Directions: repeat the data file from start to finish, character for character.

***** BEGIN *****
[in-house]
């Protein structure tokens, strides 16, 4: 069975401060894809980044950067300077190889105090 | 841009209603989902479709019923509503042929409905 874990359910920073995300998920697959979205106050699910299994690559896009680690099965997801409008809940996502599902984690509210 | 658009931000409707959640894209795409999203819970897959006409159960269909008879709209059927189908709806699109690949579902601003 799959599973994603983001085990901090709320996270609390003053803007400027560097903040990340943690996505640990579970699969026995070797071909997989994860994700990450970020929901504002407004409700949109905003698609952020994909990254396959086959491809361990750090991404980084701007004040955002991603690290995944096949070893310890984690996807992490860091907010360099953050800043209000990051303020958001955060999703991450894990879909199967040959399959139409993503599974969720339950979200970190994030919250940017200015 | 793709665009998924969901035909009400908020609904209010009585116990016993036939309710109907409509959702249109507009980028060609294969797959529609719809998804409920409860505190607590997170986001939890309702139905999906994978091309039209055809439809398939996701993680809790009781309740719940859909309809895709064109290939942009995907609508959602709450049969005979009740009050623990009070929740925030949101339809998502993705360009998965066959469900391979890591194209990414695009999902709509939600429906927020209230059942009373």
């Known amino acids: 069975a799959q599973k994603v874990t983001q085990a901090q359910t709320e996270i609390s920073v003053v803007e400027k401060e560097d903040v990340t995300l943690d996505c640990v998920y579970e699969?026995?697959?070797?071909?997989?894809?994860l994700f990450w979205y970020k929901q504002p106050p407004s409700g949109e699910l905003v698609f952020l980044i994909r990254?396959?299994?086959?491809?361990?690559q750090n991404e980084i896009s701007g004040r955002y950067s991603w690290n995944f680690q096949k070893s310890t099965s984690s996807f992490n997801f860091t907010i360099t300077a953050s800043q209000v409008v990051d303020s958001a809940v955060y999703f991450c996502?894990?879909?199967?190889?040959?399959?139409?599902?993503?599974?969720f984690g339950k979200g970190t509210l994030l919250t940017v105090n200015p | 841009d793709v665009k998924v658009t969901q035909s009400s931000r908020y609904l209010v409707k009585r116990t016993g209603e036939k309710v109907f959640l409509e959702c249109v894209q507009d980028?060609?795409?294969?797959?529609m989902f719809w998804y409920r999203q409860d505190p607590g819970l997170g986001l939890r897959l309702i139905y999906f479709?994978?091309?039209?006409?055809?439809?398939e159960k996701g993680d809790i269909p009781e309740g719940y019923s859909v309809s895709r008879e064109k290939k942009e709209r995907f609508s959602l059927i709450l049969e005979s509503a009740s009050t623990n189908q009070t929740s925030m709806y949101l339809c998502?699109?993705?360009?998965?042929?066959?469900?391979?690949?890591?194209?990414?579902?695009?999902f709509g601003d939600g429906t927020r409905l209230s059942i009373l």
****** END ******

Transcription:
[in-house]
């Protein structure tokens, strides 16, 4: 069975401060894809980044950067300077190889105090 | 841009209603989902479709019923509503042929409905 874990359910920073995300998920697959979205106050699910299994690559896009680690099965997801409008809940996502599902984690509210 | 658009931000409707959640894209795409999203819970897959006409159960269909008879709209059927189908709806699109690949579902601003 799959599973994603983001085990901090709320996270609390003053803007400027560097903040990340943690996505640990579970699969026995070797071909997989994860994700990450970020929901504002407004409700949109905003698609952020994909990254396959086959491809361990750090991404980084701007004040955002991603690290995944096949070893310890984690996807992490860091907010360099953050800043209000990051303020958001955060999703991450894990879909199967040959399959139409993503599974969720339950979200970190994030919250940017200015 | 793709665009998924969901035909009400908020609904209010009585116990016993036939309710109907409509959702249109507009980028060609294969797959529609719809998804409920409860505190607590997170986001939890309702139905999906994978091309039209055809439809398939996701993680809790009781309740719940859909309809895709064109290939942009995907609508959602709450049969005979009740009050623990009070929740925030949101339809998502993705360009998965066959469900391979890591194209990414695009999902709509939600429906927020209230059942009373």
């Known amino acids: 069975a799959q599973k994603v874990t983001q085990a901090q359910t709320e996270i609390s920073v003053v803007e400027k401060e560097d903040v990340t995300l943690d996505c640990v998920y579970e699969?026995?697959?070797?071909?997989?894809?994860l994700f990450w979205y970020k929901q504002p106050p407004s409700g949109e699910l905003v698609f952020l980044i994909r990254?396959?299994?086959?491809?361990?690559q750090n991404e980084i896009s701007g004040r955002y950067s991603w690290n995944f680690q096949k070893s310890t099965s984690s996807f992490n997801f860091t907010i360099t300077a953050s800043q209000v409008v990051d303020s958001a809940v955060y999703f991450c996502?894990?879909?199967?190889?040959?399959?139409?599902?993503?599974?969720f984690g339950k979200g970190t509210l994030l919250t940017v105090n200015p | 841009d793709v665009k998924v658009t969901q035909s009400s931000r908020y609904l209010v409707k009585r116990t016993g209603e036939k309710v109907f959640l409509e959702c249109v894209q507009d980028?060609?795409?294969?797959?529609m989902f719809w998804y409920r999203q409860d505190p607590g819970l997170g986001l939890r897959l309702i139905y999906f479709?994978?091309?039209?006409?055809?439809?398939e159960k996701g993680d809790i269909p009781e309740g719940y019923s859909v309809s895709r008879e064109k290939k942009e709209r995907f609508s959602l059927i709450l049969e005979s509503a009740s009050t623990n189908q009070t929740s925030m709806y949101l339809c998502?699109?993705?360009?998965?042929?066959?469900?391979?690949?890591?194209?990414?579902?695009?999902f709509g601003d939600g429906t927020r409905l209230s059942i009373l």